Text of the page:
Palestinian boys play football surrounded by the rubble of buildings destroyed during previous Israeli bombardment, in Gaza City on June 10, 2024, amid the ongoing conflict between Israel and Hamas (AFP)
Palestinian boys play football surrounded by the rubble of buildings destroyed during previous Israeli bombardment, in Gaza City on June 10, 2024, amid the ongoing conflict between Israel and Hamas (AFP)
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World Bank Downgrades Middle East Growth Forecast for 2024 to 2.8%

Palestinian boys play football surrounded by the rubble of buildings destroyed during previous Israeli bombardment, in Gaza City on June 10, 2024, amid the ongoing conflict between Israel and Hamas (AFP)
Palestinian boys play football surrounded by the rubble of buildings destroyed during previous Israeli bombardment, in Gaza City on June 10, 2024, amid the ongoing conflict between Israel and Hamas (AFP)

The global economy is expected to stabilize for the first time in three years in 2024 but at a level that is weak by recent historical standards, according to the World Bank’s latest Global Economic Prospects report released on Tuesday.

Global growth is projected to hold steady at 2.6% in 2024 before edging up to an average of 2.7% in 2025-26, well below the 3.1% average in the decade before COVID-19, the report said.

The bank's latest outlook marks an increase from the 2.4% growth for 2024 it had predicted in January.

Concerning growth in the Middle East, the World Bank downgraded its forecast from 3.5% to 2.8% in 2024, reflecting the extensions of oil production cuts and the ongoing conflict in the region.

However, growth is expected to pick up to 4.2% in 2025, it said.

The forecast implies that over the course of 2024-26 countries that collectively account for more than 80% of the world’s population and global GDP would still be growing more slowly than they did in the decade before COVID-19.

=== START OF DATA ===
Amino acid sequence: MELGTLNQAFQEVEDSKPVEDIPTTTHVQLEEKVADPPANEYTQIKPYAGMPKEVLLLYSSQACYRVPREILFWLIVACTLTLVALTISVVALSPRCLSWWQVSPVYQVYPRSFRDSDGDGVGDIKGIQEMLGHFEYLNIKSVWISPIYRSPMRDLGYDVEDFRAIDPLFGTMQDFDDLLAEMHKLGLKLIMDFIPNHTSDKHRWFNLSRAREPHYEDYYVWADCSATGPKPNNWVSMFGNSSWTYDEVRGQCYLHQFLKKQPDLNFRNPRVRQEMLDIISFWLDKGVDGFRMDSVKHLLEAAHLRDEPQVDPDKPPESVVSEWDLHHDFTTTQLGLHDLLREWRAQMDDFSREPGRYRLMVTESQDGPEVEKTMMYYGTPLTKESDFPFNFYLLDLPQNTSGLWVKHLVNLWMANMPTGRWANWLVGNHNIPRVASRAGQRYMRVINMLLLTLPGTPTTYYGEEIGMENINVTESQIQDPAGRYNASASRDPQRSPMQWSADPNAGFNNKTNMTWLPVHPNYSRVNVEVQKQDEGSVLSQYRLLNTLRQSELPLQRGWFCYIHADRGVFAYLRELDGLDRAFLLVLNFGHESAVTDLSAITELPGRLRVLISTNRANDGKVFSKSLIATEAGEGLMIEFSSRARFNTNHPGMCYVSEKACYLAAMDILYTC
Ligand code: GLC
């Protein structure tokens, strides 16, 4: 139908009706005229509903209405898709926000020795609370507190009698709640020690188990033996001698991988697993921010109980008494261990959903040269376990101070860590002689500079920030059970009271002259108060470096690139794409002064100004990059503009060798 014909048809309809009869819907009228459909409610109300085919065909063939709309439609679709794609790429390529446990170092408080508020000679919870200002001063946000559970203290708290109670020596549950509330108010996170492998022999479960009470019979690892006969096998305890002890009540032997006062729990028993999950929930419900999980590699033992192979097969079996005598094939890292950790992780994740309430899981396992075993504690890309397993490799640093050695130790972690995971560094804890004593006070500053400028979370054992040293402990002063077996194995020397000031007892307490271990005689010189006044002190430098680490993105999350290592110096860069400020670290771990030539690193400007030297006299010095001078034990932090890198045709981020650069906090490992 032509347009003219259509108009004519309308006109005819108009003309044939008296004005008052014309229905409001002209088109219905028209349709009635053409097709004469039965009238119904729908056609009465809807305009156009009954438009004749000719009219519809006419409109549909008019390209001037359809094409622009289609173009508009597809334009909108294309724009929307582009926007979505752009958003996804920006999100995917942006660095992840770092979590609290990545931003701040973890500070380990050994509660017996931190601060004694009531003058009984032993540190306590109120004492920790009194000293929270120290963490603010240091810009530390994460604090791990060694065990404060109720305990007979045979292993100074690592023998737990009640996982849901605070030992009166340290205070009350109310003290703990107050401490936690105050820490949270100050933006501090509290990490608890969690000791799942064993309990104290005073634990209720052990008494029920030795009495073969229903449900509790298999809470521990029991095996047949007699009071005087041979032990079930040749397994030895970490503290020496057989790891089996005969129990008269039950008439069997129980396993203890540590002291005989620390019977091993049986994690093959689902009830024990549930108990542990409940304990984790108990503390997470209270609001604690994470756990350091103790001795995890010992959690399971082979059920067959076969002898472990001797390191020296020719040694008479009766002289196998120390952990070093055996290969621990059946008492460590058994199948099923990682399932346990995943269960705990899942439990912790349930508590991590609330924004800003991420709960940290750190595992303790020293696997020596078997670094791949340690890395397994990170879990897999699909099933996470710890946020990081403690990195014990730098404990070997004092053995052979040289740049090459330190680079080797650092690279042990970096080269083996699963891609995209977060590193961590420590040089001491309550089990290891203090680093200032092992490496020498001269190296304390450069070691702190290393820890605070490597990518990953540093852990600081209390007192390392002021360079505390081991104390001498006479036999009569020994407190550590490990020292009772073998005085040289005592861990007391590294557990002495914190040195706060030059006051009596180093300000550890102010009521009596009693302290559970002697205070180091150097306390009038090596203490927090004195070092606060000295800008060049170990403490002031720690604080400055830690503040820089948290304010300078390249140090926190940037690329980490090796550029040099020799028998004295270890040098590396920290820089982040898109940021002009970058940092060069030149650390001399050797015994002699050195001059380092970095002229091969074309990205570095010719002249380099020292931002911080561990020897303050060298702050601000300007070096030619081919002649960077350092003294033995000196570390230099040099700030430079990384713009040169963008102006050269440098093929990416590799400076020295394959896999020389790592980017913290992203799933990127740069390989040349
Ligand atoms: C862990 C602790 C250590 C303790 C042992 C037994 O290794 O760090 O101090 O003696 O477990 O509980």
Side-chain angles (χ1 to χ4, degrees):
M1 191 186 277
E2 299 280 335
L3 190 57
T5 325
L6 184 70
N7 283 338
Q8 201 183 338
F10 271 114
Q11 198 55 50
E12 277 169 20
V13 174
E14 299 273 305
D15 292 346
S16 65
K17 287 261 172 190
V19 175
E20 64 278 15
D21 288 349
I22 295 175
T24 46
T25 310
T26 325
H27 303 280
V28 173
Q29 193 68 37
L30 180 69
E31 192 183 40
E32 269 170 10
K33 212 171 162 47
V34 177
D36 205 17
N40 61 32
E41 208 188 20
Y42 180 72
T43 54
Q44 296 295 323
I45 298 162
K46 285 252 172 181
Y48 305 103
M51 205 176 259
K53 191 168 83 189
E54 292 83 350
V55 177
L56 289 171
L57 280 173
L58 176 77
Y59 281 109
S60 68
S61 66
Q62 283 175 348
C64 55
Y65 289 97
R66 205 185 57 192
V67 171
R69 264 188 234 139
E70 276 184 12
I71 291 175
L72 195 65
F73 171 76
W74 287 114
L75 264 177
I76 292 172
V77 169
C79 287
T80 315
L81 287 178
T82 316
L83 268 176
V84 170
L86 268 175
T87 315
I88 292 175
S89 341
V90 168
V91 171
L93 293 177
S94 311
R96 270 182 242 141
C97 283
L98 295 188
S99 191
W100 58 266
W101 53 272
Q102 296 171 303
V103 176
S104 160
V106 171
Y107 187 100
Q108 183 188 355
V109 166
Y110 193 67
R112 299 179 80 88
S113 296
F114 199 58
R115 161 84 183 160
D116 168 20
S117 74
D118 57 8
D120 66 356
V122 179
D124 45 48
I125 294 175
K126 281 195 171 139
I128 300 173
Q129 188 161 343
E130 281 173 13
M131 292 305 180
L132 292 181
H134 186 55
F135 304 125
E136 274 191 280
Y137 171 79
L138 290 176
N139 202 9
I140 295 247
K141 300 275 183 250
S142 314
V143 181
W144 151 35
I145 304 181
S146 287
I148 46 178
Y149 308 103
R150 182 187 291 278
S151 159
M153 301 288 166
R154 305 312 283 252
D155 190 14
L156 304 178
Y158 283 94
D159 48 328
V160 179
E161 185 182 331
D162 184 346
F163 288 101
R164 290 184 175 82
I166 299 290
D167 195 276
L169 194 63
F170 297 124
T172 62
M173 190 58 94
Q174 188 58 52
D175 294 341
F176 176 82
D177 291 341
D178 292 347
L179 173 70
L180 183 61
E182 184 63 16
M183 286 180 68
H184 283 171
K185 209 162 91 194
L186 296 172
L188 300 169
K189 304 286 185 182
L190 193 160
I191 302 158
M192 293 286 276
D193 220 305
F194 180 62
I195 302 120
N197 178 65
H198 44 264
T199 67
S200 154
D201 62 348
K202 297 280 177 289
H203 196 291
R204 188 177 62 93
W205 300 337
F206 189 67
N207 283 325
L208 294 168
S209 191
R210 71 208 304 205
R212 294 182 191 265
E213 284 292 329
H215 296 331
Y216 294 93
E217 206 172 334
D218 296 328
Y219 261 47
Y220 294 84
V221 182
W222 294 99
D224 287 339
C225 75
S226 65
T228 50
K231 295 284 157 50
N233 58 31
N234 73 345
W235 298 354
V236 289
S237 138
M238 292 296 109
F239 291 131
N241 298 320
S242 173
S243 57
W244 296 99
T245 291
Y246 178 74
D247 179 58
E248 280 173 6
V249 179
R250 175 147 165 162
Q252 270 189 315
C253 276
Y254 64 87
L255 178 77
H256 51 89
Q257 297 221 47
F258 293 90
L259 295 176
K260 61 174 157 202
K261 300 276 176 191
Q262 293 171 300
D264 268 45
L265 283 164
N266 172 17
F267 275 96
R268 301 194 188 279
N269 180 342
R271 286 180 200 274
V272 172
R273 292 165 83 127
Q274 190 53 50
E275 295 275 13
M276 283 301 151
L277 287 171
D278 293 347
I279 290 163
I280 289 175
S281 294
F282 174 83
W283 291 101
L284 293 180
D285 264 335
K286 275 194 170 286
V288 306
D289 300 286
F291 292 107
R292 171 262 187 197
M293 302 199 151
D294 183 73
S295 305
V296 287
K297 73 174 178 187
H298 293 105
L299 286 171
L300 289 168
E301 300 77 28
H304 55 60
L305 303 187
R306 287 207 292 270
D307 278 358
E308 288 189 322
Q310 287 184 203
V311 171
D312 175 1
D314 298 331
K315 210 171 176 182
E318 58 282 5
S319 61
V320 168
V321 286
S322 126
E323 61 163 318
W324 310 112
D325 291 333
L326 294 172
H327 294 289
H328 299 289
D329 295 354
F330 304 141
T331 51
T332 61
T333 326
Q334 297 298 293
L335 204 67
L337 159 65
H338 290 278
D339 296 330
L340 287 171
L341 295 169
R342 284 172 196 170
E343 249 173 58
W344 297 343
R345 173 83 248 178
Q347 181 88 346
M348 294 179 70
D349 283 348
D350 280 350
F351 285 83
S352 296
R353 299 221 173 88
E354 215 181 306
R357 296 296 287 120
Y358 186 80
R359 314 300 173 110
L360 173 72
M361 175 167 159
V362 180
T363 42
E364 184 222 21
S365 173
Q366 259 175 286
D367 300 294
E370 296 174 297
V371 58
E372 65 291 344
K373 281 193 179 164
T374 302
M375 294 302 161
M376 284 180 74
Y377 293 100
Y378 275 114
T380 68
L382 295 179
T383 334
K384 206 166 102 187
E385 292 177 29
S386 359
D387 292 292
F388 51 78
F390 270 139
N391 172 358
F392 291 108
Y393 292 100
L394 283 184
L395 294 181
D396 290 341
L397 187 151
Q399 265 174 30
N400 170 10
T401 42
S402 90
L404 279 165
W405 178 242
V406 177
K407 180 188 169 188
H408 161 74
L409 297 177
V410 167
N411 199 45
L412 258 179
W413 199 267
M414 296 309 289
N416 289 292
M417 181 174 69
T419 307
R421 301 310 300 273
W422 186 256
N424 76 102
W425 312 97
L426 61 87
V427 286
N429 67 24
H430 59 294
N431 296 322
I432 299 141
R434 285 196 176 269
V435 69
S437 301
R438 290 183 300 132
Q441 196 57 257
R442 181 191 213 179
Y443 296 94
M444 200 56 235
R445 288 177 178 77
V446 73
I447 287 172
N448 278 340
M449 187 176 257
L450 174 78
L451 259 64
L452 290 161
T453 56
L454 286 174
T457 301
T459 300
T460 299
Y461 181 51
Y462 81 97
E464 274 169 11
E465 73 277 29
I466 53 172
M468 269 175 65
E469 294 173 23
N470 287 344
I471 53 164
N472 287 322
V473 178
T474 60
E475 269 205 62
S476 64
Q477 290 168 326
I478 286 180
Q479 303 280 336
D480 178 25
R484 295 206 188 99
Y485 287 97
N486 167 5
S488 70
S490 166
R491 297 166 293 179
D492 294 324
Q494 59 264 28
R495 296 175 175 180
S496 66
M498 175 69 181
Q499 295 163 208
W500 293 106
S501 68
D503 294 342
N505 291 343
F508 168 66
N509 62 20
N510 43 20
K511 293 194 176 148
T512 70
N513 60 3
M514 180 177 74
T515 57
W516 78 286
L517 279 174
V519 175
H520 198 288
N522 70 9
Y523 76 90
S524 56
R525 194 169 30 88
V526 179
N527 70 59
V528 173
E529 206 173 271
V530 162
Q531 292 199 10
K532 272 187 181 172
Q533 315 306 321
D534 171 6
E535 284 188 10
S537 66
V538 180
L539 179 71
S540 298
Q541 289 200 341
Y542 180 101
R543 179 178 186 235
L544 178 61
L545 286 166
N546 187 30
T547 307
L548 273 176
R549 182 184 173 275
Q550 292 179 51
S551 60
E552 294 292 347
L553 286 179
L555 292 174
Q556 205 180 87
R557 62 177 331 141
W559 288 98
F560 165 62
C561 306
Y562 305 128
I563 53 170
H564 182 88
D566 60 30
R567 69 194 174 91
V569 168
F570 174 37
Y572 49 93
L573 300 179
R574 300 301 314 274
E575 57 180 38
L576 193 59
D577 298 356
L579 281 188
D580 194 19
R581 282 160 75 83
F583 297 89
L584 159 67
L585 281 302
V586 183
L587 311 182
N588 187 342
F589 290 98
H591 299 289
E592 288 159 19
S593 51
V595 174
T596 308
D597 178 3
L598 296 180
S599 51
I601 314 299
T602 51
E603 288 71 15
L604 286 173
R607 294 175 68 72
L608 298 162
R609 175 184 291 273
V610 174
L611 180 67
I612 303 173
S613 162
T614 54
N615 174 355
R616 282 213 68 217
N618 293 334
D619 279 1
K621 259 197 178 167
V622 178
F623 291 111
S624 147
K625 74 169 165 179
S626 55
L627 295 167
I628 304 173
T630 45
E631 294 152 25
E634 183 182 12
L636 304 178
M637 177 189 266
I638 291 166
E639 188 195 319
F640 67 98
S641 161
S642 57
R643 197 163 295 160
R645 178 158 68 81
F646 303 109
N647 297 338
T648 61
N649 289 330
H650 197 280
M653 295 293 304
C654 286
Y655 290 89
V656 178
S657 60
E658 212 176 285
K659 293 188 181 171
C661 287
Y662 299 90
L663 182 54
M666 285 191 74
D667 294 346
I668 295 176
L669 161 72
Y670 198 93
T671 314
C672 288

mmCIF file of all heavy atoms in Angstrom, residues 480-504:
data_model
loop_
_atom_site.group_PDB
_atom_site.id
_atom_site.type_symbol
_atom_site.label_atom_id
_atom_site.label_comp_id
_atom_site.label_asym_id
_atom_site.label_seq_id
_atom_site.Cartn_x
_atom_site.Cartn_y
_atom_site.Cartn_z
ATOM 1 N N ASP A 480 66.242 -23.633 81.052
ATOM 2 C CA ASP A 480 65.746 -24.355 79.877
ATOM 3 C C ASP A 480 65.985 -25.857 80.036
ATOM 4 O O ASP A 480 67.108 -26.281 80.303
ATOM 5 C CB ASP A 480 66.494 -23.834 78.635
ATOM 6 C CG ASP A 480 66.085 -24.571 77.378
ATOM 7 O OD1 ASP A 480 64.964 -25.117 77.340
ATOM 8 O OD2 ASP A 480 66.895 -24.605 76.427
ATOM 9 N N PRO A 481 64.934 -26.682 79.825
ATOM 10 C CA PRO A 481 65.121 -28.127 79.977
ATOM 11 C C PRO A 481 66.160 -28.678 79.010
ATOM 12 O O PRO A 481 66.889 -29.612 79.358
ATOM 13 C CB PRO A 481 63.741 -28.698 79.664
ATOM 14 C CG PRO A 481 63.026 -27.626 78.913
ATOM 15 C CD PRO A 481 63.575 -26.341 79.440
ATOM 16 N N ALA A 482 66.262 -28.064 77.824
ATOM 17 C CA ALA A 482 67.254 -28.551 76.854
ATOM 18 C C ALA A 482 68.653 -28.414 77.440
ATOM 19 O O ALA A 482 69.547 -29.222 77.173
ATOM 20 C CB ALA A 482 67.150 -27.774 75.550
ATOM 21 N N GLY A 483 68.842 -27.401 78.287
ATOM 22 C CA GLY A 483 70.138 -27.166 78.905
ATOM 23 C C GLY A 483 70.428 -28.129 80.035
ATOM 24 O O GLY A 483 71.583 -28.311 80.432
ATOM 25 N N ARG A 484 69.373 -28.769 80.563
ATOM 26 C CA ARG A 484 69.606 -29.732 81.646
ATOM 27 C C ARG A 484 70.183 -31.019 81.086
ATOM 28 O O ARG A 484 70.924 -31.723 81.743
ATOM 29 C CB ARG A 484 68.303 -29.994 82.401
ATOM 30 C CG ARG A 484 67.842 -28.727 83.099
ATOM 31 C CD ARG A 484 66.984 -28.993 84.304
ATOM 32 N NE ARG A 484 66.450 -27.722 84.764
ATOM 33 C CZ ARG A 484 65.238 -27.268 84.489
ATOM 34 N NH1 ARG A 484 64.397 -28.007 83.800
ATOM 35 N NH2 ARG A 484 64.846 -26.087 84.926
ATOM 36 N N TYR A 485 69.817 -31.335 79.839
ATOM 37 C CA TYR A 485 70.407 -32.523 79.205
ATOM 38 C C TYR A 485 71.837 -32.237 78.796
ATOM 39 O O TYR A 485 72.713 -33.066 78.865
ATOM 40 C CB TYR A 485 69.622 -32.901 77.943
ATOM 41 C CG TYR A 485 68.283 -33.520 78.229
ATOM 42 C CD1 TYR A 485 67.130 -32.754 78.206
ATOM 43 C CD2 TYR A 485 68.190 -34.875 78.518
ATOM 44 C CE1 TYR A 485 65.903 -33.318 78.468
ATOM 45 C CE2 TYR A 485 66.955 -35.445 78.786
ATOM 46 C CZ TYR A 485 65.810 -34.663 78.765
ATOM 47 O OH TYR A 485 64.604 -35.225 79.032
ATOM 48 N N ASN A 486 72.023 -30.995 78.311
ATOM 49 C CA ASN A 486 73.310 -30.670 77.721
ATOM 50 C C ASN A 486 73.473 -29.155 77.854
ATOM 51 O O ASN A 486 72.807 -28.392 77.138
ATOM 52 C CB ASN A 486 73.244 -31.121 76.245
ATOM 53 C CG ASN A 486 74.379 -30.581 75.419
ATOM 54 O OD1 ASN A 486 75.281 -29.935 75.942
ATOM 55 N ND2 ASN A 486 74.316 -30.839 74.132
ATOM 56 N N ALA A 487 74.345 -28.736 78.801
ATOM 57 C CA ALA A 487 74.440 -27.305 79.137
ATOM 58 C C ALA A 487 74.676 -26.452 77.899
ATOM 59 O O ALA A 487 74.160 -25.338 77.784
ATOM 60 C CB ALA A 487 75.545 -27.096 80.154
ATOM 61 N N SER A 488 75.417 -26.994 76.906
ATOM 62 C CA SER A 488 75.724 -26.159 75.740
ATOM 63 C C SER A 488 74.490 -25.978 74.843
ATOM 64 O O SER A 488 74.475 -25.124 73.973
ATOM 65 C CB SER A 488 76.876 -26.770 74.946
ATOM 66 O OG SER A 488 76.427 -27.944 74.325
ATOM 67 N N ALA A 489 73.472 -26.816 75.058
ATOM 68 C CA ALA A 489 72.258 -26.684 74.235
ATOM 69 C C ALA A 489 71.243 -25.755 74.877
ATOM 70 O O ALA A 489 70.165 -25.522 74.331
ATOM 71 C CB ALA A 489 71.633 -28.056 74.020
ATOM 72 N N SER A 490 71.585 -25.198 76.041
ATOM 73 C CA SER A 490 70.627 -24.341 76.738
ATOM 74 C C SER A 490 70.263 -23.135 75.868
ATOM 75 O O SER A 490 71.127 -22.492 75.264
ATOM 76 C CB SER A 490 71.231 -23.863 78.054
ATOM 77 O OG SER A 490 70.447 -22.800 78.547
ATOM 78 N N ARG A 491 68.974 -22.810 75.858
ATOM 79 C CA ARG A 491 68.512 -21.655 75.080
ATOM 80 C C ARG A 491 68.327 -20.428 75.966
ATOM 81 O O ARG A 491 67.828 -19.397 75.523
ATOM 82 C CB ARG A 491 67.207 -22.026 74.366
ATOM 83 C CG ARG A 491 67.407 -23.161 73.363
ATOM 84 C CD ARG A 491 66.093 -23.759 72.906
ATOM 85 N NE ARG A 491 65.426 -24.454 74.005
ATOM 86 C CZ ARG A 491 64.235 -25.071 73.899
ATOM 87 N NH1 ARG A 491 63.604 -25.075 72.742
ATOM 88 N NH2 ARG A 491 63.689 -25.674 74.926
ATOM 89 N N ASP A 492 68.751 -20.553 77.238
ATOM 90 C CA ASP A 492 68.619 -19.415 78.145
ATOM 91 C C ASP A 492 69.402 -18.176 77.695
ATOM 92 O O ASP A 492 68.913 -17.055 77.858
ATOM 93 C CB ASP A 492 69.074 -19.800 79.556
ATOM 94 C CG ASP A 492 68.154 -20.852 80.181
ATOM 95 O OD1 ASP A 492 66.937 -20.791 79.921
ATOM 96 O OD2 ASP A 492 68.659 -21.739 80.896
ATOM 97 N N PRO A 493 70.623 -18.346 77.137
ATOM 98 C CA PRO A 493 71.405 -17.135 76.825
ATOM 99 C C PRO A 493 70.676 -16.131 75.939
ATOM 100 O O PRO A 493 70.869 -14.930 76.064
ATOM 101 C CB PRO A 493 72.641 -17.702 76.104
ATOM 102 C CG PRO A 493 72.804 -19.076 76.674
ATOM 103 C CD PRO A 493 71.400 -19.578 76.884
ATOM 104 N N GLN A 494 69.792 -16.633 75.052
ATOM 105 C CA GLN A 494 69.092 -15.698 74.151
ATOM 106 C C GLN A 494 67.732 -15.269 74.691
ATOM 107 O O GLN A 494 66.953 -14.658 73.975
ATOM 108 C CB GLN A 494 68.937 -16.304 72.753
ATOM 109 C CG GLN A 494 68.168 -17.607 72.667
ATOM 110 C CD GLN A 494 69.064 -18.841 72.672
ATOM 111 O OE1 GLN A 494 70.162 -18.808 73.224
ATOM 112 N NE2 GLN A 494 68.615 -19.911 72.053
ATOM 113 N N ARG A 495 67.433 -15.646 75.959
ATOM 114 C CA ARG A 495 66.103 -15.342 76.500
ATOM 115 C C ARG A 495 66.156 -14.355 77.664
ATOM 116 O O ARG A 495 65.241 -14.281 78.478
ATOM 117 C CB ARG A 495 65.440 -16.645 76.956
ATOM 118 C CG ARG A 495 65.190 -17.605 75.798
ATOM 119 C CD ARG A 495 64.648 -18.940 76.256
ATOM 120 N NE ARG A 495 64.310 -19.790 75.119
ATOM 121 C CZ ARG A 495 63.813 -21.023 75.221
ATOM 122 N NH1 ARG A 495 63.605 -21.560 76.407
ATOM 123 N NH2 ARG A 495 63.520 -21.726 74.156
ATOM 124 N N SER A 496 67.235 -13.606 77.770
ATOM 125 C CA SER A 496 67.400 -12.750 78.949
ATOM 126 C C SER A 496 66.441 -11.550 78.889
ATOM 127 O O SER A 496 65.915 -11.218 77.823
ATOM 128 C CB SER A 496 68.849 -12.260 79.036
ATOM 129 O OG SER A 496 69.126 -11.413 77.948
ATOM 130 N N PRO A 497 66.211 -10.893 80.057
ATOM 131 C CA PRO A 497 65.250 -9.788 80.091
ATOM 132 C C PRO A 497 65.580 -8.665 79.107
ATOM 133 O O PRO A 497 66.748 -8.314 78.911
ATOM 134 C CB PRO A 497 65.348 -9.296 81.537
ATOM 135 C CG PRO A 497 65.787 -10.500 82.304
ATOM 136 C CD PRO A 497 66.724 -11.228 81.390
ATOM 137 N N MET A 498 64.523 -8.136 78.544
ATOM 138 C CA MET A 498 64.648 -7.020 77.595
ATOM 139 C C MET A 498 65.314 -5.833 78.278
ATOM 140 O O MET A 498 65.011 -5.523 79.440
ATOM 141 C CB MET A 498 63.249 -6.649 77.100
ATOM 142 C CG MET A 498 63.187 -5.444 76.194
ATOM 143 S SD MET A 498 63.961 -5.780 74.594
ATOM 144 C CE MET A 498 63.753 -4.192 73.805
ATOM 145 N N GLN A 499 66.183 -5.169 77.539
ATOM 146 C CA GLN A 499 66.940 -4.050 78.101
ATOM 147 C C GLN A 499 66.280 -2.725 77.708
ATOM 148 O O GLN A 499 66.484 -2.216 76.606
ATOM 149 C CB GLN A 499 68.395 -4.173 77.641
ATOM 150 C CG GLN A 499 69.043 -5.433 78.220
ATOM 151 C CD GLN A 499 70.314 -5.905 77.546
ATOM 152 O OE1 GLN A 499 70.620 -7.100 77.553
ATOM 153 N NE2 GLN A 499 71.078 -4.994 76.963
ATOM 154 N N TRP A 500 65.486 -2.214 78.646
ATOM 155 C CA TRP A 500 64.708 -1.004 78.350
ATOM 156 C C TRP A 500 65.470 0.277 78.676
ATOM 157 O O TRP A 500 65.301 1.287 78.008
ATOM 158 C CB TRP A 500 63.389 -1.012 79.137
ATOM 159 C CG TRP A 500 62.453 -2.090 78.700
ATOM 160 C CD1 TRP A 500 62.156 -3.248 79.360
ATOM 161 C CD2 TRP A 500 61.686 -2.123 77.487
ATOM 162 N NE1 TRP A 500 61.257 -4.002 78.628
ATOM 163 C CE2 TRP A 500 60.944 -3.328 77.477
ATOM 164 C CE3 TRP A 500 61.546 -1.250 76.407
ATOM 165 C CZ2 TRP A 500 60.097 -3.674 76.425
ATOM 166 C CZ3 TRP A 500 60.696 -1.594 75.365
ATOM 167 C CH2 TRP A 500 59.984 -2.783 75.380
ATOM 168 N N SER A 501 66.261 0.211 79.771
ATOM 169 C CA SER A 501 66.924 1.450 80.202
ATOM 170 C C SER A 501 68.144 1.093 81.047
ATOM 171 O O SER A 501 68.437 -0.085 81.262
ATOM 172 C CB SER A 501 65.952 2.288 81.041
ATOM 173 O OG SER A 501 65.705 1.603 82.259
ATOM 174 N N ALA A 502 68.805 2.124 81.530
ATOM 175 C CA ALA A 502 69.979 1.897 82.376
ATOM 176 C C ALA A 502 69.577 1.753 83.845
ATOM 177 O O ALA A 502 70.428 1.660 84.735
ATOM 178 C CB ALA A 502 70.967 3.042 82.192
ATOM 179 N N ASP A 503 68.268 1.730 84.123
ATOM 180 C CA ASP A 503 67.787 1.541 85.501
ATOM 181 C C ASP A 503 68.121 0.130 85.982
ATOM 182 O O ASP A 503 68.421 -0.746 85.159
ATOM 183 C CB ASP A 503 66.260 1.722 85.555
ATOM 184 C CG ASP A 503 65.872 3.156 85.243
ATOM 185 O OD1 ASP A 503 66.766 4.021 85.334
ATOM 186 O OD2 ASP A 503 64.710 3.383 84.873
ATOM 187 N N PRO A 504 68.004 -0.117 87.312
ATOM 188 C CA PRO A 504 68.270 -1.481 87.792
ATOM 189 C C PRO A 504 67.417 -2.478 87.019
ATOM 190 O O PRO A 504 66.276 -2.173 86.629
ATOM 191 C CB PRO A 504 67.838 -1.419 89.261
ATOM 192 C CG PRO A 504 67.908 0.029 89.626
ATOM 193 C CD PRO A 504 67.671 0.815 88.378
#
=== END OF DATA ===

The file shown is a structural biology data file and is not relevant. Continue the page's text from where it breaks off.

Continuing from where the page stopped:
Overall, developing economies are projected to grow 4% on average over 2024-25, slightly slower than in 2023.

Growth in low-income economies is expected to accelerate to 5% in 2024 from 3.8% in 2023.

However, the forecasts for 2024 growth reflect downgrades in three out of every four low-income economies since January.

In advanced economies, growth is set to remain steady at 1.5% in 2024 before rising to 1.7% in 2025.

The report also said that global inflation is expected to moderate to 3.5% in 2024 and 2.9% in 2025, but the pace of decline is slower than was projected just six months ago.

Many central banks, as a result, are expected to remain cautious in lowering policy interest rates.

The World Bank said global interest rates are likely to remain high by the standards of recent decades—averaging about 4% over 2025-26, roughly double the 2000-19 average.

Middle East Region

The World Bank said geo-political tensions and policy uncertainty are elevated in the Middle East and North Africa (MENA) region.

“Human suffering and the destruction of physical capital in West Bank and Gaza arising from the ongoing conflict are immense. Attacks on shipping in the Red Sea have reduced transit through the Suez Canal, disrupted international trade, and heightened policy uncertainty, particularly in neighboring countries,” its report stated.

Activity by both oil exporters and importers in the MENA region remained weakened in early to the middle of 2024.